In March 2020, as live events were canceled across the country, Wayne Fernandez, the owner and general manager of Magic Box LA — a convention center and events company in Los Angeles — needed to pivot.
“Within a week, I saw a year and a half of the business just disappear in the air and I was terrified,” he said. “I thought to myself, ‘This is it, I’m going to go bankrupt.’”
But thanks in part to a company called Flowspace — one of a handful of entrants in the emerging on-demand warehouse industry — Magic Box LA’s newly vacant event space rapidly transformed into a warehouse and fulfillment center for retailers and e-commerce companies experiencing increased demand during the pandemic.
“I’d already sort of touched upon the possibility of going into fulfillment, but immediately shifted gear because, if anything, I’ve got so much space here,” Fernandez said. “And then serendipitously, I connected with Flowspace … and we transitioned in less than three months.”
Flowspace itself does not own any warehouses or provide any packing services directly. It’s one of a growing number of companies trying to make it easier for brands to secure warehouse and fulfillment services without getting locked into long-term contracts.
For small companies just starting out, on-demand warehousing can be an affordable alternative to traditional third-party logistics services. For warehouse operators, becoming part of a network like Flowspace’s can make it easier to fill unused spaces.
“They provided the software as well as the sales pipeline,” said Kunal Gupte, general manager of Shipfront, the logistics company he and Fernandez co-founded to fill Magic Box LA’s unused event space. “Without them, it would have been really hard for merchants to find our space quickly.”
One of those merchants was Karlton Frazier, co-founder and CEO of The Manifest Company, which makes yoga mats with printed designs.
“We’re a small business,” he told “Marketplace” host Kai Ryssdal. “We don’t need a lot of space. We need what we need.”
Frazier said he pays $265 per month, plus a per-unit fee based on how much inventory The Manifest Company is moving, for a space in Shipfront’s warehouse and use of Flowspace’s platform. If at some point he needs more space, even just temporarily, he can book that through Flowspace, as well.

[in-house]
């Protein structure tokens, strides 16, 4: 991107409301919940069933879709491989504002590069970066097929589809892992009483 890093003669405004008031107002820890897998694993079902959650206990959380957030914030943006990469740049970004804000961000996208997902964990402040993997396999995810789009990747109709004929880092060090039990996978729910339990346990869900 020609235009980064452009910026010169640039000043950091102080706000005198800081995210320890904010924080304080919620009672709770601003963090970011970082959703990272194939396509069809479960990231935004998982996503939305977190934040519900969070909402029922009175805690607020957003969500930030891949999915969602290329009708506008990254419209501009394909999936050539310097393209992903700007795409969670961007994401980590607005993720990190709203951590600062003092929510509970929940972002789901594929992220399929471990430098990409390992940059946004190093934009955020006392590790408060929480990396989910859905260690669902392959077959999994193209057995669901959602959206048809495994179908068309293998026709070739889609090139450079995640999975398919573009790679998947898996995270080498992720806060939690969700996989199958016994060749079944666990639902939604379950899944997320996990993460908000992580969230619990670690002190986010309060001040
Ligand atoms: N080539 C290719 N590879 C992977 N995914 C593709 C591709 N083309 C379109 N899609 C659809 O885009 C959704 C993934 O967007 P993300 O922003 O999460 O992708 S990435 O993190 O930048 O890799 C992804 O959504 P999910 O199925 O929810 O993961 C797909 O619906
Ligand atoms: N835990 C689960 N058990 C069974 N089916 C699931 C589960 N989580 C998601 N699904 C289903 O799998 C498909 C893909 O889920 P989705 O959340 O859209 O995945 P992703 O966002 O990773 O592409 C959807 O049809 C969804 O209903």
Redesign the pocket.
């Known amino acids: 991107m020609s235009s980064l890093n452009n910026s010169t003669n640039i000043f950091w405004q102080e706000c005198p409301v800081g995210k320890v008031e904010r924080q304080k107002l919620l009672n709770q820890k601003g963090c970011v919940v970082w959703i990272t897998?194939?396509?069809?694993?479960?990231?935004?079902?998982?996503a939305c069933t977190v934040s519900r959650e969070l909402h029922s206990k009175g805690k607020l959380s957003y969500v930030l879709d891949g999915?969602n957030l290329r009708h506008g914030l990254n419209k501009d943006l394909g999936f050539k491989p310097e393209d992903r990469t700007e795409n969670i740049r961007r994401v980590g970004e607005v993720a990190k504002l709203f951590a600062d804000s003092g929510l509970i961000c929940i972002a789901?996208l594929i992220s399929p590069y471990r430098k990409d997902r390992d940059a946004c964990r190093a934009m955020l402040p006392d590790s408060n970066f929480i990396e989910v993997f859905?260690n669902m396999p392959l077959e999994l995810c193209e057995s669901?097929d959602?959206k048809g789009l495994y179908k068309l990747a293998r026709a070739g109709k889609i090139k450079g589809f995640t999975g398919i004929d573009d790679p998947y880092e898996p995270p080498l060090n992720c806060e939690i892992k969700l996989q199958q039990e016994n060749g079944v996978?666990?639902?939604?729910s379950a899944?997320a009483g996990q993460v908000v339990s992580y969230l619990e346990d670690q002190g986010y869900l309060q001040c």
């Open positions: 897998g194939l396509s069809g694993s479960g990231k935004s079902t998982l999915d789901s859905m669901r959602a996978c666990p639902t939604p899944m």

“We were looking for something that’s a la carte … so we’re paying for what we’re using rather than just paying for a space,” he said. “So, Shipfront and Flowspace are pretty much integral to my business, at this point.”
As companies attempt to build flexibility into their supply chains and adapt to a world in which one and two-day shipping have become standard, adoption of on-demand models of warehousing and fulfillment have accelerated.
“Over the last year, there have just been hundreds of 1000s of businesses that have started to sell products online,” said Ben Eachus, Flowspace’s co-founder and CEO. “And ultimately, getting that product to the customer starts with fulfillment and warehousing.”
Seattle-based Flexe, which pioneered an Airbnb-like on-demand warehousing concept in 2013, raised $70 million in new funding last year. Stord, another one of Flowspace’s competitors, announced a $65 million investment in 2021.
Flowspace said the number of orders shipped through its platform has increased tenfold since the pandemic began.
“With the advent of Shopify and other platforms, it’s never been easier to start an online store, but it’s actually never been harder to get your products to an end customer faster,” Eachus said. “Ultimately, our goal is to democratize logistics and help these businesses actually meet the increased expectations of their customers.”
(August. 25, 2021): This story has been updated to clarify that Flowspace provides indirect packing services.
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